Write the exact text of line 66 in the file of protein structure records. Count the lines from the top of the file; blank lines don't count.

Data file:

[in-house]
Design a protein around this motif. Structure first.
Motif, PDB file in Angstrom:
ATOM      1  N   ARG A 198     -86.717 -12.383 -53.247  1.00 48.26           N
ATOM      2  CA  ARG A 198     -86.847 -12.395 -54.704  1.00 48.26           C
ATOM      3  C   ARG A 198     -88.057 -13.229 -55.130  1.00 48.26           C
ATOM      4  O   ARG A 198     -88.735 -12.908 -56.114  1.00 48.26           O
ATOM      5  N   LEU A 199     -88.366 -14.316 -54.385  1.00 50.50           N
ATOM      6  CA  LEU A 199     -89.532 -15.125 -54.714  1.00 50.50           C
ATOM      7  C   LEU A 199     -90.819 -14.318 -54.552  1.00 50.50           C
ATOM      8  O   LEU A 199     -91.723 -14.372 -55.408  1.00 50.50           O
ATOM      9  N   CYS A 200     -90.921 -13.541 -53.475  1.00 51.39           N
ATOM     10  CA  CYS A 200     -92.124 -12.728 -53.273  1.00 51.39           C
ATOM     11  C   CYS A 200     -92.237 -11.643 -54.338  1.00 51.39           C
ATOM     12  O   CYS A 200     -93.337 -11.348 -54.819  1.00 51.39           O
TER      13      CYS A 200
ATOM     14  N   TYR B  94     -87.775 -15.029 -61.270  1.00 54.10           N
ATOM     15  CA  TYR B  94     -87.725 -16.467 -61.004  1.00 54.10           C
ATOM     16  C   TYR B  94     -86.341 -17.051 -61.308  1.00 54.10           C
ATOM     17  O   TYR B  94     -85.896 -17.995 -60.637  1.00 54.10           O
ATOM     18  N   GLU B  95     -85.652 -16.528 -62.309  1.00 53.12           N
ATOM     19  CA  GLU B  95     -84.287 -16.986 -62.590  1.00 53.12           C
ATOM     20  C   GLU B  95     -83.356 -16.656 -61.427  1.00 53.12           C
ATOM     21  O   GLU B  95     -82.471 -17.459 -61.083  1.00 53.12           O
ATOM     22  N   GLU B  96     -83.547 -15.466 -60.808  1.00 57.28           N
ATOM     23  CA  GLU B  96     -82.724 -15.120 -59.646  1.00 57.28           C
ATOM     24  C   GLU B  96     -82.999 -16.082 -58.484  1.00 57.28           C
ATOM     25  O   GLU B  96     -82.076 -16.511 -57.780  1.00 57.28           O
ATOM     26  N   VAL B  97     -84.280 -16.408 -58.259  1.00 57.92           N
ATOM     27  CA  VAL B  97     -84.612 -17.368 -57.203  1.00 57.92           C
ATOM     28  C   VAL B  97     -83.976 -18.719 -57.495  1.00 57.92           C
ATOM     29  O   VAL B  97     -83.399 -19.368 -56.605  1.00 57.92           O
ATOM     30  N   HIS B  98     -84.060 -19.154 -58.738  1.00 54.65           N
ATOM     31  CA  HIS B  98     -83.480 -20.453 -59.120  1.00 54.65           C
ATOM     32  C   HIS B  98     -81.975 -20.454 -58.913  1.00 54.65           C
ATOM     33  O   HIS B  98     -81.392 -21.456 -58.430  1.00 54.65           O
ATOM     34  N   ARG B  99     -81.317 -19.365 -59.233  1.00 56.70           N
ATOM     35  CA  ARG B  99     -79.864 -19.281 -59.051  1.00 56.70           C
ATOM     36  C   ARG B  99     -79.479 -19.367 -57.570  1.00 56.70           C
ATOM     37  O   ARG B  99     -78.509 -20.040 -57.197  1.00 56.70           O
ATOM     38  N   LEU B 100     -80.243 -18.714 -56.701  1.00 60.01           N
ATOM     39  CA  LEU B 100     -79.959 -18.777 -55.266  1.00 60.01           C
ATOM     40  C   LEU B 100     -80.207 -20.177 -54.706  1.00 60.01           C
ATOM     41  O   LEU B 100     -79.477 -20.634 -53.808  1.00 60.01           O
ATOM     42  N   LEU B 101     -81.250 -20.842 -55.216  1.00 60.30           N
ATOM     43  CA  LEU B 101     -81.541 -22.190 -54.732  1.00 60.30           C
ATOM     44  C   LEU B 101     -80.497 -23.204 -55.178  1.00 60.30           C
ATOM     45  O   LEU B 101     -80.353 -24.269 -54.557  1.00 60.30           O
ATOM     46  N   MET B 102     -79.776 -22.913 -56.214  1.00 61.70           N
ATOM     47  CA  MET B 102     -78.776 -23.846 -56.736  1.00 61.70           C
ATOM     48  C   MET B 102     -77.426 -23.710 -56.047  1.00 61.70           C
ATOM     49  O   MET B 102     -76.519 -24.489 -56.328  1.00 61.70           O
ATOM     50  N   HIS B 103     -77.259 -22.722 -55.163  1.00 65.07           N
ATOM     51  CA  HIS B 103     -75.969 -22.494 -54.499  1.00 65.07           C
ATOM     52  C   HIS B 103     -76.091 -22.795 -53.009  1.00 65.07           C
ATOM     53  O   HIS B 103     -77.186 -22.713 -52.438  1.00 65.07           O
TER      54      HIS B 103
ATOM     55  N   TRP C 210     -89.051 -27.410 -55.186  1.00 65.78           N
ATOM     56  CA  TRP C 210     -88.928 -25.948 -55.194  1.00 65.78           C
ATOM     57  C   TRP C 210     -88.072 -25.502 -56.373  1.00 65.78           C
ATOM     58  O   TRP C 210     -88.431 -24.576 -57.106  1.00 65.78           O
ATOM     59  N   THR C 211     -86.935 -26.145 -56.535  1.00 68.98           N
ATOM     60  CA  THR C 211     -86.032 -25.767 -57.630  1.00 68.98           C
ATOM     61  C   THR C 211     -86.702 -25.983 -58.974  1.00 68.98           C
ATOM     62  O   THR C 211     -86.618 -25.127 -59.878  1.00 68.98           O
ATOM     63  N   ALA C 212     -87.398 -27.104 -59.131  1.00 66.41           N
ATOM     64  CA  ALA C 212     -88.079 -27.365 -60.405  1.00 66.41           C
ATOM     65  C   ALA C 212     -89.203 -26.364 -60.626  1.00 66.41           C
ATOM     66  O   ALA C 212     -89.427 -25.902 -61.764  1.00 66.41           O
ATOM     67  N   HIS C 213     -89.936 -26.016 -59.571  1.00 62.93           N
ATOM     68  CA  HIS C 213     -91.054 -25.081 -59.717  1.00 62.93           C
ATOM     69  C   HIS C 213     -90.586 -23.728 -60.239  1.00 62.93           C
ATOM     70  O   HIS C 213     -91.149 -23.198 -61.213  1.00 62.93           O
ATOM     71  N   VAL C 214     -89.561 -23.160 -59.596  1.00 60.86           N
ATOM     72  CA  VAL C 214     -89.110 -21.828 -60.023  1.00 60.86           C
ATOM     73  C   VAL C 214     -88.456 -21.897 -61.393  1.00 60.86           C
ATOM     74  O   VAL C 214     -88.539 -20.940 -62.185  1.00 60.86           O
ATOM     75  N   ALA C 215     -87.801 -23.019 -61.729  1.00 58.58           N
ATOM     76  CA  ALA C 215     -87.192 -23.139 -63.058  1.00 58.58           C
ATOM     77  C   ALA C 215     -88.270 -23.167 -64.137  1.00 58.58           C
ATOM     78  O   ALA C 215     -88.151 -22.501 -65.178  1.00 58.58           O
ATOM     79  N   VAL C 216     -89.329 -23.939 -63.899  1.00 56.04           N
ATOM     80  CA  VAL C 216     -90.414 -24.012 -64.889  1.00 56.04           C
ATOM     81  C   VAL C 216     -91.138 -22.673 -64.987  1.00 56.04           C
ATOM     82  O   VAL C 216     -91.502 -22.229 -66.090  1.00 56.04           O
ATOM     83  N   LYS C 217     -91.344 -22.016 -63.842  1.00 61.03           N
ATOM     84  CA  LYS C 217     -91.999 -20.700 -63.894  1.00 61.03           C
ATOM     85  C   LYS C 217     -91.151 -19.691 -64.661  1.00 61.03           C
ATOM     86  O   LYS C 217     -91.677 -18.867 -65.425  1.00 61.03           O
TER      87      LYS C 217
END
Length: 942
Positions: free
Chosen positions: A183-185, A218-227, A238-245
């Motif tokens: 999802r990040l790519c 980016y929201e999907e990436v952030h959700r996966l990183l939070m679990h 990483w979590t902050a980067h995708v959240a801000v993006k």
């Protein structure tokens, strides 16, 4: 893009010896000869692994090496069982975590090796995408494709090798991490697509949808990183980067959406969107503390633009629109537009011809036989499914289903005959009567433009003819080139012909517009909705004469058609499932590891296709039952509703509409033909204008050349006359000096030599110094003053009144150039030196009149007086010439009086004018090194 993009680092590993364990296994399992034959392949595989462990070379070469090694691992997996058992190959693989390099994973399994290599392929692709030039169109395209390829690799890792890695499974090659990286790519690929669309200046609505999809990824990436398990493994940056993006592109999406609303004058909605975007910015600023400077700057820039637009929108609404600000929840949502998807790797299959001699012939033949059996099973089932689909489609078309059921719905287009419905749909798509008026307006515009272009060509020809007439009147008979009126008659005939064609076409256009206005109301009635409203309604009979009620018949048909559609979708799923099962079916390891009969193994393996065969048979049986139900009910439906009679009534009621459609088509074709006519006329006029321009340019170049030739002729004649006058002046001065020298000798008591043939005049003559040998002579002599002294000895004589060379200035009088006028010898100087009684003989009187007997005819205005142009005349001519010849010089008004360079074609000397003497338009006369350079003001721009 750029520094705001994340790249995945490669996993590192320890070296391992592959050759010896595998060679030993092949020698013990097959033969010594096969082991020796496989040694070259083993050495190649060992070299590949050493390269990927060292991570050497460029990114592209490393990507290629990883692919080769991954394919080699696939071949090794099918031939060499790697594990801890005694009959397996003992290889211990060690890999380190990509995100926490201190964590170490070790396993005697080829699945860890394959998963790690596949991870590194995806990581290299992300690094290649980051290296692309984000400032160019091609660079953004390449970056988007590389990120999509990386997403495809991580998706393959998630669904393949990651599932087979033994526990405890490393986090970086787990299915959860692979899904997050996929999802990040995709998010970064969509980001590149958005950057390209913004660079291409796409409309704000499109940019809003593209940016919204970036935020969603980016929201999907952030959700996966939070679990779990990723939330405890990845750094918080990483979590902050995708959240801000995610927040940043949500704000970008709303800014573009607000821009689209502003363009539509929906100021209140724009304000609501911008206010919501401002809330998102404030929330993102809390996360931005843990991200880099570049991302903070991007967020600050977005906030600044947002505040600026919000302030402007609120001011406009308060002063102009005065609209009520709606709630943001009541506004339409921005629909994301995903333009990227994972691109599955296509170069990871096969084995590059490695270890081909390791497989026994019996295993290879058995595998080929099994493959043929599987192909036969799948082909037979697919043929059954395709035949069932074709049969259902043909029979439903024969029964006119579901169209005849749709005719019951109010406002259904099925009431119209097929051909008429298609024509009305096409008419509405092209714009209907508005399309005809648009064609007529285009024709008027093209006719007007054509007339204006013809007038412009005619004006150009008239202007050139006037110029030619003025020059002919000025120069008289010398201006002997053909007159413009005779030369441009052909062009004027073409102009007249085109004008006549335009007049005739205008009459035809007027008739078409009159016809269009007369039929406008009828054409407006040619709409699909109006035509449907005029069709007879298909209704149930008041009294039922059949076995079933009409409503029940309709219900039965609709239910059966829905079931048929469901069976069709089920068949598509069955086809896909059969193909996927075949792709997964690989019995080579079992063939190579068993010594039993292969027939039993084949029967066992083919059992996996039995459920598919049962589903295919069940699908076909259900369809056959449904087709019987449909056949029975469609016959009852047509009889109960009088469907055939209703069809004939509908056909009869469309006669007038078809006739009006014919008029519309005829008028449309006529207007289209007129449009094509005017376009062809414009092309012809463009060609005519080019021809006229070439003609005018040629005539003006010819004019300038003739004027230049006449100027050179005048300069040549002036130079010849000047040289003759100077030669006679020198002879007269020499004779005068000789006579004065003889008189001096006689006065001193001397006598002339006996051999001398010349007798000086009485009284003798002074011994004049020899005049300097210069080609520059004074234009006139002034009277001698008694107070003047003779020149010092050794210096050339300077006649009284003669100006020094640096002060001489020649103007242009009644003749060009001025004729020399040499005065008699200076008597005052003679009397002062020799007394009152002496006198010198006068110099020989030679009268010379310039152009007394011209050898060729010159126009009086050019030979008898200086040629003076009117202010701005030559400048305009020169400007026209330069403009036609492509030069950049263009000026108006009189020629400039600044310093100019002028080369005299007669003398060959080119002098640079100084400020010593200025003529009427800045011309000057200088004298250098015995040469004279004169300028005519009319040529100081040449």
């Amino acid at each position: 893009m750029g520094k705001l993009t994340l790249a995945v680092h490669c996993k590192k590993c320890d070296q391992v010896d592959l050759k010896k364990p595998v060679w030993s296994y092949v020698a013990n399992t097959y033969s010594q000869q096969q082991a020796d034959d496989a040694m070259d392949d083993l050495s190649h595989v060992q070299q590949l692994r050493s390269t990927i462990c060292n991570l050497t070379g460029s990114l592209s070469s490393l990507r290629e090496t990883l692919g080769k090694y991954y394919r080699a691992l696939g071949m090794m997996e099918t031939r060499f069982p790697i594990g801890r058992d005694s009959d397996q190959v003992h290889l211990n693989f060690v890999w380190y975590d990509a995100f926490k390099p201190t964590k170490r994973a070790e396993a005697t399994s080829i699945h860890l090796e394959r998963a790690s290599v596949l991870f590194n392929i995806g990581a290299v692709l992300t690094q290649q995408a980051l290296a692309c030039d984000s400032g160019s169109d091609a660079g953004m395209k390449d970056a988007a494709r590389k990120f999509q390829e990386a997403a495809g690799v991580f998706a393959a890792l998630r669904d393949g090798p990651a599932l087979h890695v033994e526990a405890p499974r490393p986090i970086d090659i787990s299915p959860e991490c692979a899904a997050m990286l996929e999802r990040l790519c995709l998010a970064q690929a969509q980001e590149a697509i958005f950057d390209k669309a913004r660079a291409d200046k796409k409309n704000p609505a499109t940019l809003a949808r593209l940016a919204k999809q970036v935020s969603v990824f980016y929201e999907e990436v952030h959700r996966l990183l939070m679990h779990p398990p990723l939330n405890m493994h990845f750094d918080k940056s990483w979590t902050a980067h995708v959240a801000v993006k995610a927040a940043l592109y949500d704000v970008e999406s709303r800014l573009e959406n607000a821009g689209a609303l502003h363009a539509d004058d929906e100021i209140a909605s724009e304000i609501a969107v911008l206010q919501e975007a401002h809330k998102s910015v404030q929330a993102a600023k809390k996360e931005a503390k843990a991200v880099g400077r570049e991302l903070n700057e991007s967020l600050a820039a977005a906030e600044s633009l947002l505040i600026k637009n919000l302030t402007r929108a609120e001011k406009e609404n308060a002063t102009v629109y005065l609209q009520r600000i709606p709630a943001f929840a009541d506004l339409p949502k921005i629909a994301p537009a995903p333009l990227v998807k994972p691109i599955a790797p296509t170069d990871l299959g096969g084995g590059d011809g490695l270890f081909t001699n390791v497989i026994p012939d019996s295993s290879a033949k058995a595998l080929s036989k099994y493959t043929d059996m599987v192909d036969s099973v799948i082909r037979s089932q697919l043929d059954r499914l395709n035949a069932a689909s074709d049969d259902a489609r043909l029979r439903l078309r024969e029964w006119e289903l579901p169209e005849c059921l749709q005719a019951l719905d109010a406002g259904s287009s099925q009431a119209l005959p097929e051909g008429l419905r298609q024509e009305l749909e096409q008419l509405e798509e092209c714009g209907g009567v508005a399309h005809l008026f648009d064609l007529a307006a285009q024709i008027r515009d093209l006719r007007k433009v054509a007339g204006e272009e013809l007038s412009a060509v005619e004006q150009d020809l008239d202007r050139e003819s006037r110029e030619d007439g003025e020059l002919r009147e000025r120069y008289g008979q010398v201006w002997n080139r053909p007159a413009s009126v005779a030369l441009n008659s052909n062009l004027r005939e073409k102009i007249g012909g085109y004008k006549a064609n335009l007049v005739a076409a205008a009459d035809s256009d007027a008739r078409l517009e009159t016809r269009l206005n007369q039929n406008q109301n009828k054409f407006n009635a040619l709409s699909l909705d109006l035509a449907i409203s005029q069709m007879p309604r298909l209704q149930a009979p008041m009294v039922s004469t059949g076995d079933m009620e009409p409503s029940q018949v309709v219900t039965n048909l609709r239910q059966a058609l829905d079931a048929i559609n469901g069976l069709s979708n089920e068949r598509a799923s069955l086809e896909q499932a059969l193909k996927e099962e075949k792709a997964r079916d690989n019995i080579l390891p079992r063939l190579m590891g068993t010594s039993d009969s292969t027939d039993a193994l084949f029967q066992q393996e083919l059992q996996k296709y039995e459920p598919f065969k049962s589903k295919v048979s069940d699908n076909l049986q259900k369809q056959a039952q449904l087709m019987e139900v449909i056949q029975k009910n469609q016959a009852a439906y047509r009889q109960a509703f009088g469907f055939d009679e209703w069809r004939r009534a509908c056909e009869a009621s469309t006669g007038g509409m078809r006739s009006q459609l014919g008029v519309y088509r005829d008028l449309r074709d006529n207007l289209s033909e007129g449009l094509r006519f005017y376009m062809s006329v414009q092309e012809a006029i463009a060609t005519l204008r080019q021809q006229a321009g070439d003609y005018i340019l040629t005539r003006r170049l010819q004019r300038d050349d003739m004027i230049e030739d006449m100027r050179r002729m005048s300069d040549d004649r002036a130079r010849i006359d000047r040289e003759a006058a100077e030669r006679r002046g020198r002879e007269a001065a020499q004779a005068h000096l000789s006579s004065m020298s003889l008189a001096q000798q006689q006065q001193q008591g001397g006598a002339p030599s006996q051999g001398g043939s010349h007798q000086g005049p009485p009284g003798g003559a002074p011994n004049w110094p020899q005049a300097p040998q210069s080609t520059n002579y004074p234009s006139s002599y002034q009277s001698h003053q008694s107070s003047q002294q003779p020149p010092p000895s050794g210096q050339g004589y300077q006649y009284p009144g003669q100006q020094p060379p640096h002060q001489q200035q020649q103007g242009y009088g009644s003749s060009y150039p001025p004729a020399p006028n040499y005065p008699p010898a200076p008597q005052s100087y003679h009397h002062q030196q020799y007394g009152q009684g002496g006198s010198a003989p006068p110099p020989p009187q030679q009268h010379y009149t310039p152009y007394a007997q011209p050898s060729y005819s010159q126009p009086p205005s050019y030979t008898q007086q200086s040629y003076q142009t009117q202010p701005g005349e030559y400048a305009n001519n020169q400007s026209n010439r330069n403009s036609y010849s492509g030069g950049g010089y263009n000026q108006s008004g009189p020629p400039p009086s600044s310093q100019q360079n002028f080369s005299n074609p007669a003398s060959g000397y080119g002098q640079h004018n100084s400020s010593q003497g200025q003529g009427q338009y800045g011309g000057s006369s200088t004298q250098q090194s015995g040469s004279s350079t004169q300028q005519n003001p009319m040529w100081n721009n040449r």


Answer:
ATOM     63  N   ALA C 212     -87.398 -27.104 -59.131  1.00 66.41           N